Asked by the New York Times’ Deborah Solomon to explain the 2007 Cubs’ woes, manager Lou Piniella replies, “I don’t know. I’ve been here a few months.”  And while the team’s troubles cannot be blamed on off-season acquisition Ted Lilly — terribly efficient in last night’s 4-1 dispatch of the Padres and the Sultan Of Sloth — Piniella has more definitive answers for a few of Solomon’s queries.

As the manager of the Chicago Cubs, you were suspended this month after a very public meltdown in which you stormed out of the dugout and kicked dirt on the umpire. But aren™t temper tantrums by baseball managers a venerable American tradition?

You know what? They probably want the mangers to be more like Stepford wives. If that™s what they want, that™s O.K. Times have changed. My kicking-dirt episodes are over. You can put them in the archives.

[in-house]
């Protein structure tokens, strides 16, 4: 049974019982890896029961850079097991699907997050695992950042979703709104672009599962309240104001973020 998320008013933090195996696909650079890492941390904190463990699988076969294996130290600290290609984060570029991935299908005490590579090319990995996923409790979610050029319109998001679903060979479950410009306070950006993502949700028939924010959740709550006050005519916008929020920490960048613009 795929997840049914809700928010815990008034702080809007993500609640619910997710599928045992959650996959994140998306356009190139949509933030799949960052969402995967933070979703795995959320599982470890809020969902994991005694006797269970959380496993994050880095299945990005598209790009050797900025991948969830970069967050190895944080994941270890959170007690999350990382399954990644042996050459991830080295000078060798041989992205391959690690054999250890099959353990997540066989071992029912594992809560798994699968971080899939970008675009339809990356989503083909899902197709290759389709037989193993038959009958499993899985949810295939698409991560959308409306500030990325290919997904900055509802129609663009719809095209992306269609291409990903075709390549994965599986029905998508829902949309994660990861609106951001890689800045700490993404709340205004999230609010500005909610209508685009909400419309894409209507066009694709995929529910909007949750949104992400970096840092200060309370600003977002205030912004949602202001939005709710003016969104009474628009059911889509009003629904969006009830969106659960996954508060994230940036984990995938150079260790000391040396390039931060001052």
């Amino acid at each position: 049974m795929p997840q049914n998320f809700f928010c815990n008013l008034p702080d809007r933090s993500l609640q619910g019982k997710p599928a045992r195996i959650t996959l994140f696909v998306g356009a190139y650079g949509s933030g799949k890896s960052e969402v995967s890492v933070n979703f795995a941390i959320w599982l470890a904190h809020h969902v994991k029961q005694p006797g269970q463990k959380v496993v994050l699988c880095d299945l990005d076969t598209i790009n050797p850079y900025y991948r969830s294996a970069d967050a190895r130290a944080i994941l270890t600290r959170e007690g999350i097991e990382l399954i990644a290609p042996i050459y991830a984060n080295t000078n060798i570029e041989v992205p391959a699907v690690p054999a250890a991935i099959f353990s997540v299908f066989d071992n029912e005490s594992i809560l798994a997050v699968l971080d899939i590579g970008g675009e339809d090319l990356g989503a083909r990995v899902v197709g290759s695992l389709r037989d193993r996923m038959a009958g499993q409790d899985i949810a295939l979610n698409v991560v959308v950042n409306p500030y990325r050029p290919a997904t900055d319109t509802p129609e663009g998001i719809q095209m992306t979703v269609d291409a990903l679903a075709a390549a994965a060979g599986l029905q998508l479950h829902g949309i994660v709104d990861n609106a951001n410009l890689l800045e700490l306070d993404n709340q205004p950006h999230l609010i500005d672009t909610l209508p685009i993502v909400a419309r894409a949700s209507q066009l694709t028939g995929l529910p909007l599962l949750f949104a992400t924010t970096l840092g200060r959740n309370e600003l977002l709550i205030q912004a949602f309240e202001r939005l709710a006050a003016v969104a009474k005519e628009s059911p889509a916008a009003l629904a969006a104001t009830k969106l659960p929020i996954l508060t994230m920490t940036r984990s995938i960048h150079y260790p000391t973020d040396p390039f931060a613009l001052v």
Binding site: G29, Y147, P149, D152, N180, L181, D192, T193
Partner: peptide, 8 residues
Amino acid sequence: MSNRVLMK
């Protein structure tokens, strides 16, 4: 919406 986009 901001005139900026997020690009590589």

What do you find so satisfying about kicking dirt on another person, a practice you™ve been known to favor since you managed the Yankees in the ™80s?

My mentor, Billy Martin, did it. And Earl Weaver did it. I™ve kicked dirt more out of dissatisfaction than anything else. When I was informed that kicking dirt on somebody can be termed as degrading ” you know, I never thought of it that way.

It might be nice if baseball moved into the future by including more women in its ranks. Do you think a woman could be a good manager?

If she had a good bench coach, why not? I would think she would need a good hardened professional baseball guy that would help her with the x™s and o™s during the ballgame. Someone who knew the intricacies in and out of the game.

Plenty of women already know the intricacies of the game.

I™m not sure of that. I think some of the sportswriter women probably think they do.